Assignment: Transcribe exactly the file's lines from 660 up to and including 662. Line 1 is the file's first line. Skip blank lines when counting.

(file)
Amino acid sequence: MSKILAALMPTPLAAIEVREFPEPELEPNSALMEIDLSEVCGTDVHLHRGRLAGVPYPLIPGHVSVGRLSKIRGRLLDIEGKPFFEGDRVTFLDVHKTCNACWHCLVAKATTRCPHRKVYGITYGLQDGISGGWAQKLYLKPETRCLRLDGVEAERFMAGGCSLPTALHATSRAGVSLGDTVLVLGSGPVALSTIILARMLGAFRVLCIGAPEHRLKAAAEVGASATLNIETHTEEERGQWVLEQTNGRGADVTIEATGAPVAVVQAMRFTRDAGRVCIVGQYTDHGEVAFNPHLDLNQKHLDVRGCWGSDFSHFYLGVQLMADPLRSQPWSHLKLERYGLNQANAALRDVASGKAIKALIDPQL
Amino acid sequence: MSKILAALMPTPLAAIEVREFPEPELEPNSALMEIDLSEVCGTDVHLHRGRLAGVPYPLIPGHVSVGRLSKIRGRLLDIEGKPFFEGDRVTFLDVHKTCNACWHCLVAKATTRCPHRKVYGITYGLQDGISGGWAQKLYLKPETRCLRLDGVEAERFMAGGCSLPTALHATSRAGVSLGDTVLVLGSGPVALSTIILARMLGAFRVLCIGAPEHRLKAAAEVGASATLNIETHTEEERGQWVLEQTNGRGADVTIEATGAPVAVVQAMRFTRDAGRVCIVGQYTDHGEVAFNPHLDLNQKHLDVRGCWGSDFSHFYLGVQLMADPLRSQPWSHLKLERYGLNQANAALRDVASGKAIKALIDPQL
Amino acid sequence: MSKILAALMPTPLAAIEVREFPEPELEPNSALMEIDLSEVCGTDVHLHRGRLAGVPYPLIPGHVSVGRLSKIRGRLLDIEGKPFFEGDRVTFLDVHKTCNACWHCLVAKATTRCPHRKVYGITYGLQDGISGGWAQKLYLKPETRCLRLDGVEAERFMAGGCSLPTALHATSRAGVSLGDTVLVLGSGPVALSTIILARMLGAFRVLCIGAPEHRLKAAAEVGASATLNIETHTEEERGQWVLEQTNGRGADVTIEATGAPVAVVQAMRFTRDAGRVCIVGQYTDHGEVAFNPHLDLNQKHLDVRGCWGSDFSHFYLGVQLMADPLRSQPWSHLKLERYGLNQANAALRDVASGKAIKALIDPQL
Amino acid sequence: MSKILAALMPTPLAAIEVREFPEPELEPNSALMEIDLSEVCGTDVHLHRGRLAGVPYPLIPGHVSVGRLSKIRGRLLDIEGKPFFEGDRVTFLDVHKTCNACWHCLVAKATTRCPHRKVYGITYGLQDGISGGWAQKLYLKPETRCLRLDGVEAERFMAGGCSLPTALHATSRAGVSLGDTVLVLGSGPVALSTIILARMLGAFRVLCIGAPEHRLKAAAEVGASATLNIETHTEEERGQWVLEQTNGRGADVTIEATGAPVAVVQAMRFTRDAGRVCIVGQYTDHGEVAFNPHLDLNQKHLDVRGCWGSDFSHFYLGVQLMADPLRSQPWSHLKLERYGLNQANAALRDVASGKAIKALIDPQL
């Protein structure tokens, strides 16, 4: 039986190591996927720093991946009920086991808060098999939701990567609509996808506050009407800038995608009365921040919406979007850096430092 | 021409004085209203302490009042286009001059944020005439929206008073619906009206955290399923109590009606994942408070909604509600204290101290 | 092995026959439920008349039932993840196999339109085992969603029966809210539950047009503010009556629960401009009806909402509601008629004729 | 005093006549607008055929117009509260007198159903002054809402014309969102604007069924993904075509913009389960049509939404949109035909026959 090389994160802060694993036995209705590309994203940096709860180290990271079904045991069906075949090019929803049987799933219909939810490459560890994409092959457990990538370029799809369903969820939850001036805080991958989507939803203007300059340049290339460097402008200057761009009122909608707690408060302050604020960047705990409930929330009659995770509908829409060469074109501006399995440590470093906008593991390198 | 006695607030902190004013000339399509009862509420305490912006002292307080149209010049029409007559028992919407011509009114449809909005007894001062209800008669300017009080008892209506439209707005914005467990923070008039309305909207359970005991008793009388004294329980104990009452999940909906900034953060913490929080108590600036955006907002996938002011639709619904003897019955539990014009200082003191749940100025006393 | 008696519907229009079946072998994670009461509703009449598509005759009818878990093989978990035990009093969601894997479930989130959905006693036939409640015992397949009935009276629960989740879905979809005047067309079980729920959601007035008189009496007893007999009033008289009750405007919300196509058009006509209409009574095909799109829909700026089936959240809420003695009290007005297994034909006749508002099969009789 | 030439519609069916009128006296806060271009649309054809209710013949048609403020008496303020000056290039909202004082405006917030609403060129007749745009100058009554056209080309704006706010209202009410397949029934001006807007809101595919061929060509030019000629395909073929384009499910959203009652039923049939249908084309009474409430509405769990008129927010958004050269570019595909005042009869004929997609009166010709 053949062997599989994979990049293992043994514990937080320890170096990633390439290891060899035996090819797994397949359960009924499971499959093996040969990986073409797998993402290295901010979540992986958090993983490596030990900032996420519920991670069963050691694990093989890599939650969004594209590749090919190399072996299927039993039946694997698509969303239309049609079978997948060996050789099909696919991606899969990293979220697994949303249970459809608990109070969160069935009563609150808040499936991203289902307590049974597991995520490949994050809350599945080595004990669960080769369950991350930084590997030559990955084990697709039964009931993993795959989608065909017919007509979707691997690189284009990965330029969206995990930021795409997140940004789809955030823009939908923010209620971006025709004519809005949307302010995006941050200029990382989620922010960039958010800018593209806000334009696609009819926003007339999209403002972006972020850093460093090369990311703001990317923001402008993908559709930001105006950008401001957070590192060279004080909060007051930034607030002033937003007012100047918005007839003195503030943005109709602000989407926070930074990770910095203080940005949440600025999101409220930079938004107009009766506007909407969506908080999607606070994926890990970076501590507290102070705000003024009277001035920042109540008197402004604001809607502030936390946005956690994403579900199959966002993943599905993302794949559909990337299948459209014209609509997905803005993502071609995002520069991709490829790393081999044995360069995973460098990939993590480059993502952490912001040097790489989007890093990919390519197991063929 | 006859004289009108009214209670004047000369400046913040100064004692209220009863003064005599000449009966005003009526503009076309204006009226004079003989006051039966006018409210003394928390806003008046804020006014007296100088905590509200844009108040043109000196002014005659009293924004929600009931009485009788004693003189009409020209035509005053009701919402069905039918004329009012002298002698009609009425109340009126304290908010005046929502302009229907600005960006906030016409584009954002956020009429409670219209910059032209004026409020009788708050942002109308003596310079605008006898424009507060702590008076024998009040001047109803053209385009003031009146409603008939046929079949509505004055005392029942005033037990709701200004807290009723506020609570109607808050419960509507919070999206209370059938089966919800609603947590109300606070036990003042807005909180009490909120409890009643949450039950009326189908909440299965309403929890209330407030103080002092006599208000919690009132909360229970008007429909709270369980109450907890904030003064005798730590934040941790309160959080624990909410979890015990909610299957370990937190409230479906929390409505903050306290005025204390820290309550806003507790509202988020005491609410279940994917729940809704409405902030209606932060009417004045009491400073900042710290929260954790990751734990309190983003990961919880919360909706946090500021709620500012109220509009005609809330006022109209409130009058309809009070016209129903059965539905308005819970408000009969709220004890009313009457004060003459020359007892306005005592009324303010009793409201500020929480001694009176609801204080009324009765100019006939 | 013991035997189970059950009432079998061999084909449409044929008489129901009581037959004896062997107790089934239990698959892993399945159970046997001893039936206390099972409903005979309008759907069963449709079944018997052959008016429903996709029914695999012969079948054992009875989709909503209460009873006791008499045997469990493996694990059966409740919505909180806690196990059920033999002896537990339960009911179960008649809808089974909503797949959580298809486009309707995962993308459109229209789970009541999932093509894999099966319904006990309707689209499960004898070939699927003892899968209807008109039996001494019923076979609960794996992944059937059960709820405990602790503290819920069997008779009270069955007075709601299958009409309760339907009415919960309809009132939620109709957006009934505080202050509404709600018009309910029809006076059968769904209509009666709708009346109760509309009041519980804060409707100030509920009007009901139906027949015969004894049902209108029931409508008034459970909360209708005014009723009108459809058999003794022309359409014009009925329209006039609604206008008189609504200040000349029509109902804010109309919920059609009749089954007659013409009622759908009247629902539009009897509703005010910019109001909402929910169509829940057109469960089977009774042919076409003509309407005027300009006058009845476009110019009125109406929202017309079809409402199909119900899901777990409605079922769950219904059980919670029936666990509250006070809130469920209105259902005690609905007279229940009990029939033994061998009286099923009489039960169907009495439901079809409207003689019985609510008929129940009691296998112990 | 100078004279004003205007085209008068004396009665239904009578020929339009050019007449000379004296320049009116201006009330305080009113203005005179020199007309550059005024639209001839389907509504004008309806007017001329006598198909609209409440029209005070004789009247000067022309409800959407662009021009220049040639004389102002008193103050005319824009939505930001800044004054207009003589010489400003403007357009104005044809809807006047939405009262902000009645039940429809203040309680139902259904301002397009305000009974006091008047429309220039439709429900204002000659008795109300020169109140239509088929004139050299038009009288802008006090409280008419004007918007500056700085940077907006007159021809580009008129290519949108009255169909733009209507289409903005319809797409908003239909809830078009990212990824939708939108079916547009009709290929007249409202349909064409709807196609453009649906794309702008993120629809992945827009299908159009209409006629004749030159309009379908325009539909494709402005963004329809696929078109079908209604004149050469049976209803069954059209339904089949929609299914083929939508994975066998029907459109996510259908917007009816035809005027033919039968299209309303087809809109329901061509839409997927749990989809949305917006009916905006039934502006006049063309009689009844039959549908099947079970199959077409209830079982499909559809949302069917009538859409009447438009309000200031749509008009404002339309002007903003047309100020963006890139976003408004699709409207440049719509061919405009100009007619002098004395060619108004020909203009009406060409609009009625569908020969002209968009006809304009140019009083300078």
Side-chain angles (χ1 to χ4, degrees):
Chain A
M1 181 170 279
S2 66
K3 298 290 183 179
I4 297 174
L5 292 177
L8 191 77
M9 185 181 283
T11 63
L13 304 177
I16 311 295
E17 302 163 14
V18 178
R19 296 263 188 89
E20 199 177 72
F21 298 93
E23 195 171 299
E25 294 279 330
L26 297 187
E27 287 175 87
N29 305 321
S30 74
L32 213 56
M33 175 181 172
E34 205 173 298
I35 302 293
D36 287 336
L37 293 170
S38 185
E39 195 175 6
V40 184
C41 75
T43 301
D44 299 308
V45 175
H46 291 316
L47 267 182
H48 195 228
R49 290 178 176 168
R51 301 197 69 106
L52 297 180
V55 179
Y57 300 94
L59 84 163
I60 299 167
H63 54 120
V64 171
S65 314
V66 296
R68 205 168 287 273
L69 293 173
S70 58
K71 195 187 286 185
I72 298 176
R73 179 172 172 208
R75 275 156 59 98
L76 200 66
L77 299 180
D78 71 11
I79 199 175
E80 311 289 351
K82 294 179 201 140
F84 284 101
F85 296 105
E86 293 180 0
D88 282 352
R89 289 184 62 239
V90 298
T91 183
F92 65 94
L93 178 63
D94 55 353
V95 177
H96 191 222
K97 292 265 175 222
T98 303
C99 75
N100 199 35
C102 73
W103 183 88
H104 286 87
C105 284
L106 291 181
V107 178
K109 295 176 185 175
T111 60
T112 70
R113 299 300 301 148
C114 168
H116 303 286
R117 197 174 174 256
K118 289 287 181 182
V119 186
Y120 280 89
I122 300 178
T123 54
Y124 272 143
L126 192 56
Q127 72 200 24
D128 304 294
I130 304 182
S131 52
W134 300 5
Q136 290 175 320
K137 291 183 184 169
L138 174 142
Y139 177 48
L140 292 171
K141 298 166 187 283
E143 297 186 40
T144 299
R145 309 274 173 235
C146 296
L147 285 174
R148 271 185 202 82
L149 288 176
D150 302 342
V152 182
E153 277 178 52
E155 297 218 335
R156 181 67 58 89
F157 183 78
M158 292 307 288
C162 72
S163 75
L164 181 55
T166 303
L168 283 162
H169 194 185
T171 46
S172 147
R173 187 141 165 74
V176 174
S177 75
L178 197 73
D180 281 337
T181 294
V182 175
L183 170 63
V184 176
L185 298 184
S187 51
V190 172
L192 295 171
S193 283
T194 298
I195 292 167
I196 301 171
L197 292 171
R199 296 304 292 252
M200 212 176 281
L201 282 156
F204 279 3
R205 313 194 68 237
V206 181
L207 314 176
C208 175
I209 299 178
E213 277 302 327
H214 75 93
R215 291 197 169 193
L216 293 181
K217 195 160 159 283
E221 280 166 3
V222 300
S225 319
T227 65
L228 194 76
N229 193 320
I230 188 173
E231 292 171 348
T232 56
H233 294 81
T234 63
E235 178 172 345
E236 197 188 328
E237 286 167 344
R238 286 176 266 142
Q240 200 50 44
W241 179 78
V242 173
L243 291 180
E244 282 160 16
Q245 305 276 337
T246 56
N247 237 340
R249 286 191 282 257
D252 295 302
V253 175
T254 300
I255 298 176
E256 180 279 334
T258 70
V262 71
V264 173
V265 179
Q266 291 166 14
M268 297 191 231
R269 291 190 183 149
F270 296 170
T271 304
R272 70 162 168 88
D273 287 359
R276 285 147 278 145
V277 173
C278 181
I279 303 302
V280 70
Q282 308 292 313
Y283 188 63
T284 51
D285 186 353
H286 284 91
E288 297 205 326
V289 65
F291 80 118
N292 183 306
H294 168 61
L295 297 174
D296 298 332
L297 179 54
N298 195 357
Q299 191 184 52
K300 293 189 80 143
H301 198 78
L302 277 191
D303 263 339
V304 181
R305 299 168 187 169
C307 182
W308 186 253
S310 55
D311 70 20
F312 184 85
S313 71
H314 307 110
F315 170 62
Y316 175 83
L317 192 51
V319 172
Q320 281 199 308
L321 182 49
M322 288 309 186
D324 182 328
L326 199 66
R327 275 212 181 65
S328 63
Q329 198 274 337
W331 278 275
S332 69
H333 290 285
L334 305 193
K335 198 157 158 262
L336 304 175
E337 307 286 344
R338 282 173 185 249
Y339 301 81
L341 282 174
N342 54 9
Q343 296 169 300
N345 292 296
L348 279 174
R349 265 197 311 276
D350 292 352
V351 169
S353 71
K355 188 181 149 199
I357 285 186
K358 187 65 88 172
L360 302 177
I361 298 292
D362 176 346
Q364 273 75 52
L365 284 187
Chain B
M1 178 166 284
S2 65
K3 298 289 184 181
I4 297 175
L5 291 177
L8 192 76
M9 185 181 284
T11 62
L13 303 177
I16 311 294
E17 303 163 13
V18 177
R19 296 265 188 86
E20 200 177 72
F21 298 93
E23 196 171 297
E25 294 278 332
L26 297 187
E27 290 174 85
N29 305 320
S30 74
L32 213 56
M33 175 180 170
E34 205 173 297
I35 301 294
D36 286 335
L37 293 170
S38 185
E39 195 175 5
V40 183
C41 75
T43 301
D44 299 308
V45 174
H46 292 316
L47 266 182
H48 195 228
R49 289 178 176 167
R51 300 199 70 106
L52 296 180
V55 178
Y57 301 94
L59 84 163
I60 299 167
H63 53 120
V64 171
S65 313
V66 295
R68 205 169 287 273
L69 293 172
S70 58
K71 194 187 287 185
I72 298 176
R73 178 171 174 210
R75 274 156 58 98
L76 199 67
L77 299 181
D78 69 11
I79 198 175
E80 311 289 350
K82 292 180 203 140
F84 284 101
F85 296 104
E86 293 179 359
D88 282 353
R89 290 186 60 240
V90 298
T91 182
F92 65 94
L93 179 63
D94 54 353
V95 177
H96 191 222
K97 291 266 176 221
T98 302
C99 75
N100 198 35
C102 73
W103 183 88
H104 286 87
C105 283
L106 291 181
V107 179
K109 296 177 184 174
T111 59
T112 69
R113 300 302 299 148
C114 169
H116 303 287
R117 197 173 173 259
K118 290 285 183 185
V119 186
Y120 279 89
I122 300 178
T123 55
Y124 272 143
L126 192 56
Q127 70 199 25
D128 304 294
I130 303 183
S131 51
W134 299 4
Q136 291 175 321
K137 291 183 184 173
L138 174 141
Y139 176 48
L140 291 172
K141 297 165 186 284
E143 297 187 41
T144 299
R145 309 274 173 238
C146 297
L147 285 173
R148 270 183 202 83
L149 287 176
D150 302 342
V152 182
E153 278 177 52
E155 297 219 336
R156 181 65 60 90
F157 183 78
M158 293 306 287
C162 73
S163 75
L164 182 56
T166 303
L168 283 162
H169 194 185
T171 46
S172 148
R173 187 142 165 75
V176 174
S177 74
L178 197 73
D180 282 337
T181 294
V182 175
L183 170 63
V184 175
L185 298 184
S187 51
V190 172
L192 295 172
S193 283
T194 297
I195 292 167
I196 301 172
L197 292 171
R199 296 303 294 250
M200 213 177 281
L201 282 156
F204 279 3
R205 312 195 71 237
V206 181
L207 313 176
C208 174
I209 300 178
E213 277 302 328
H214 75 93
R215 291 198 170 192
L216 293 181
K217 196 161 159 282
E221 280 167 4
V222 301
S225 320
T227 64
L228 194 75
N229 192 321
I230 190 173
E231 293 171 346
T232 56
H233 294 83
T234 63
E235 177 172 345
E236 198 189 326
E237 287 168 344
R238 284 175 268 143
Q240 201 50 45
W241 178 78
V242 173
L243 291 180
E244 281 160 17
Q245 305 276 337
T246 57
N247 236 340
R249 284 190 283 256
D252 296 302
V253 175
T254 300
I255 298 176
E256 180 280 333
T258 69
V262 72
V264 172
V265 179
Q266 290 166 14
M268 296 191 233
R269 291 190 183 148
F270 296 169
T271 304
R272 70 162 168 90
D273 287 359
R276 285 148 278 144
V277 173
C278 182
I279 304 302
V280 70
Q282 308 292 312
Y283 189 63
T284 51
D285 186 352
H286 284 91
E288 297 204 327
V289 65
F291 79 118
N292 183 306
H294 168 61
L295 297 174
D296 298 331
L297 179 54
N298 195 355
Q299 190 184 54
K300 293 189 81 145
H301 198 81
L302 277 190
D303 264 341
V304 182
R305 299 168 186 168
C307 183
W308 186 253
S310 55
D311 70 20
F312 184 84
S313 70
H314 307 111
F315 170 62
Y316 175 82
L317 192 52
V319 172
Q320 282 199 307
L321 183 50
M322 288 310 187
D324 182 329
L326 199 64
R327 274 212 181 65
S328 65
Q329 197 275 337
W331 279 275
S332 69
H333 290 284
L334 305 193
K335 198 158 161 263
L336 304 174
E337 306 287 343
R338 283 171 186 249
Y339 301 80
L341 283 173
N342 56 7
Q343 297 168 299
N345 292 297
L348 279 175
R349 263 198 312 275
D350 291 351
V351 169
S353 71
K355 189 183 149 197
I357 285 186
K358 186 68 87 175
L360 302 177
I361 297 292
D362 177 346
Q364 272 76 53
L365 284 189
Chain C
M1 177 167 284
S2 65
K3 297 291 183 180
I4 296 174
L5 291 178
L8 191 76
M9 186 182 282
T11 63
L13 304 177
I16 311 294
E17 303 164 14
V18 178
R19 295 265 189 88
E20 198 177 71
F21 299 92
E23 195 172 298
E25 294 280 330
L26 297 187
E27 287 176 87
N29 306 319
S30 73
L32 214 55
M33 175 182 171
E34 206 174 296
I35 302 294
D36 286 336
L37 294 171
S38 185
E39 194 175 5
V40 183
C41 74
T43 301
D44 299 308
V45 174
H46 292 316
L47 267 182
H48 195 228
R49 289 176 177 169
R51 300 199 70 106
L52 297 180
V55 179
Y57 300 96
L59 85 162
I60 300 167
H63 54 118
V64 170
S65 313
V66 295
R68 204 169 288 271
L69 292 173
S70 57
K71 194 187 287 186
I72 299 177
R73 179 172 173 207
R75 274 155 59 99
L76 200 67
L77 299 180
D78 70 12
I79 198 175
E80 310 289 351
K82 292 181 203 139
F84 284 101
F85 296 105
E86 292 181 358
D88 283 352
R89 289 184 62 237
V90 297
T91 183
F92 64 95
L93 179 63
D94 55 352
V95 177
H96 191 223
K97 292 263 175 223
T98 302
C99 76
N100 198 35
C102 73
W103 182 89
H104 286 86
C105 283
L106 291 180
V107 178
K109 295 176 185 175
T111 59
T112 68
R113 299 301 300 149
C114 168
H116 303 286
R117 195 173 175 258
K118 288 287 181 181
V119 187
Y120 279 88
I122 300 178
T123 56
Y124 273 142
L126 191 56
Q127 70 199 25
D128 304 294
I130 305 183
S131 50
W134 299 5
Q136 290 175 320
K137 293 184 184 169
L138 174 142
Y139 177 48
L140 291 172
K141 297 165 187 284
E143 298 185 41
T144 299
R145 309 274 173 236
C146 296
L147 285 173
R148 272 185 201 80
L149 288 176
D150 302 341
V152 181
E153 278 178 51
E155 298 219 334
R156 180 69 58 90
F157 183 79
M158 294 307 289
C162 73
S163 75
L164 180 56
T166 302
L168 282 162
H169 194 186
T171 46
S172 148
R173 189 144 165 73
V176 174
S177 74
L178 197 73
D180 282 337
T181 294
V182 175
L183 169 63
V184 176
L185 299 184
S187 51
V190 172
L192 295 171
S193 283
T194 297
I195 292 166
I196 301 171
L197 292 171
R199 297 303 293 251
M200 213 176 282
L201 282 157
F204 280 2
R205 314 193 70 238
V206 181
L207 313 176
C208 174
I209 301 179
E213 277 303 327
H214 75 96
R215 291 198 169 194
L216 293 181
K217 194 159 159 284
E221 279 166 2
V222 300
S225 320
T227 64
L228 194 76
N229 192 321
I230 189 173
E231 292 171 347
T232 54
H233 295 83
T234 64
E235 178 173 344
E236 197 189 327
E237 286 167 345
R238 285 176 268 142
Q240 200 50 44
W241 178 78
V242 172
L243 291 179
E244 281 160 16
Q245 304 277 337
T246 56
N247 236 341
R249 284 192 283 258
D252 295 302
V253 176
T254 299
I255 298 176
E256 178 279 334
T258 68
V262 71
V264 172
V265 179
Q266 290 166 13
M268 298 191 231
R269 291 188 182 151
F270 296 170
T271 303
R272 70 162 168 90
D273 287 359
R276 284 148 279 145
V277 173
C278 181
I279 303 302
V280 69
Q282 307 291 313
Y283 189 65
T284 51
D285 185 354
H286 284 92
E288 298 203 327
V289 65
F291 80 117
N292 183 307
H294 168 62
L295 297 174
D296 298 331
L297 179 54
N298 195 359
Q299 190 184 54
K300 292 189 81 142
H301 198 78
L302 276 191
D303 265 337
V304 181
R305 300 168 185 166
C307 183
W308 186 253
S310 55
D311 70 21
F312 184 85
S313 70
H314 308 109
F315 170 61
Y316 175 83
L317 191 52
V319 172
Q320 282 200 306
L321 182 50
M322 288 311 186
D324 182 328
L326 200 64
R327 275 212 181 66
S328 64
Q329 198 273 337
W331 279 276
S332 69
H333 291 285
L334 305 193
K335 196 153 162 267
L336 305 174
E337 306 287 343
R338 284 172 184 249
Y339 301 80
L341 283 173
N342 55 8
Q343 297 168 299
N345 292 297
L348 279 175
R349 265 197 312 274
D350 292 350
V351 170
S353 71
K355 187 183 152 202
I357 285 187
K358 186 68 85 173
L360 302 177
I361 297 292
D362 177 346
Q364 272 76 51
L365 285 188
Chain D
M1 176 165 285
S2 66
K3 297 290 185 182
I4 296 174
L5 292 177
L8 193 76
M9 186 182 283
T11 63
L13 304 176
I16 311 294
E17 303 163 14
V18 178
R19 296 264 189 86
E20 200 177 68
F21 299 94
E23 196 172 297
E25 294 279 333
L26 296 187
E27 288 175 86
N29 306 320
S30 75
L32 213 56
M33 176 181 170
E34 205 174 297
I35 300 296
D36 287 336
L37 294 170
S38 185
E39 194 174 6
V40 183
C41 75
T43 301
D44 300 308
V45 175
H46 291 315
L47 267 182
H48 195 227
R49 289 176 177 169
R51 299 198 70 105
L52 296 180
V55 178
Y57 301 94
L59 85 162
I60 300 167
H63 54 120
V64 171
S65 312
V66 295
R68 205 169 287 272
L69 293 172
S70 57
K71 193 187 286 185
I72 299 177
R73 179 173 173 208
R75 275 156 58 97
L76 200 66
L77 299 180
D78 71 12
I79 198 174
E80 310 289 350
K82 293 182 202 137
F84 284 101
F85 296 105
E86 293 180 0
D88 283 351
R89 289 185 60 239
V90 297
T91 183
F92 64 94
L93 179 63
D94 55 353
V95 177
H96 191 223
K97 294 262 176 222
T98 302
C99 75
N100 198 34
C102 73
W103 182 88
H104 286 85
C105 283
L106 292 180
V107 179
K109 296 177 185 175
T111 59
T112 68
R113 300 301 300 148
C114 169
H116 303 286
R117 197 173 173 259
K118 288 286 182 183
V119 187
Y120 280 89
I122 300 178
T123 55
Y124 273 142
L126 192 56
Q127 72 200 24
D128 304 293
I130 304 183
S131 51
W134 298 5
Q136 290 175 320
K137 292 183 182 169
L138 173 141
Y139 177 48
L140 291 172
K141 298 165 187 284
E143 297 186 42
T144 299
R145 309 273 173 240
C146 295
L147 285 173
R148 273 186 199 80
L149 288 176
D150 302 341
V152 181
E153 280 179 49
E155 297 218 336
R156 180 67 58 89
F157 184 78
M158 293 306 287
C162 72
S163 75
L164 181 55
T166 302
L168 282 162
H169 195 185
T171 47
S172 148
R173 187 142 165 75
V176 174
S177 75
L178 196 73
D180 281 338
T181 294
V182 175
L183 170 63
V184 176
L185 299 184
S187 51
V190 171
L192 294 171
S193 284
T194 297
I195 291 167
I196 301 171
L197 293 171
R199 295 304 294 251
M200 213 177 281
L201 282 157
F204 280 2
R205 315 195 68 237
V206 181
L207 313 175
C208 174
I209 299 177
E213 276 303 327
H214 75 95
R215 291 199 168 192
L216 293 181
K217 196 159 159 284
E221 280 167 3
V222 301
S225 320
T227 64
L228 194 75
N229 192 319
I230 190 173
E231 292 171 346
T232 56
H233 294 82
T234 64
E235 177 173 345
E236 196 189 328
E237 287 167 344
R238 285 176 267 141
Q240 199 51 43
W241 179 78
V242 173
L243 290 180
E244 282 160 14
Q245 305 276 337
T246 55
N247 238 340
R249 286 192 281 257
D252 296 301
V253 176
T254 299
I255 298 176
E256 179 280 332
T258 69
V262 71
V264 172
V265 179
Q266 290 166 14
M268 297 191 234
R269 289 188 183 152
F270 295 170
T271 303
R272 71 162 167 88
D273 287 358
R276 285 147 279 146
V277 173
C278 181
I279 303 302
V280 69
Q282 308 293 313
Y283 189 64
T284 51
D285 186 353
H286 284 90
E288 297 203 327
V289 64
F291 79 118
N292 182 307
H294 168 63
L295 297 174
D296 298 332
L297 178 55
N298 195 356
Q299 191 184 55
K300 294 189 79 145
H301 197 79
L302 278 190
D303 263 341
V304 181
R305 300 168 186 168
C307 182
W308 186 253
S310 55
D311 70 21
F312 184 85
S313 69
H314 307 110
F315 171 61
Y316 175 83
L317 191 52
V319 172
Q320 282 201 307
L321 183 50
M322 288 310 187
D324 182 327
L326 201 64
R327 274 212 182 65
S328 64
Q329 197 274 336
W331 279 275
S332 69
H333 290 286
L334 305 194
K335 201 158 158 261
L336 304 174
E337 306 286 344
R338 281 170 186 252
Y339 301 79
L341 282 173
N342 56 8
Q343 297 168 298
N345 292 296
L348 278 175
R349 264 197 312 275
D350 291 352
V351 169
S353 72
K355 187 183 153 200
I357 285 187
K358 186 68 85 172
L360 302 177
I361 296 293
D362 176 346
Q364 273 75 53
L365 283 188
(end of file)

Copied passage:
L138 174 142
Y139 177 48
L140 291 172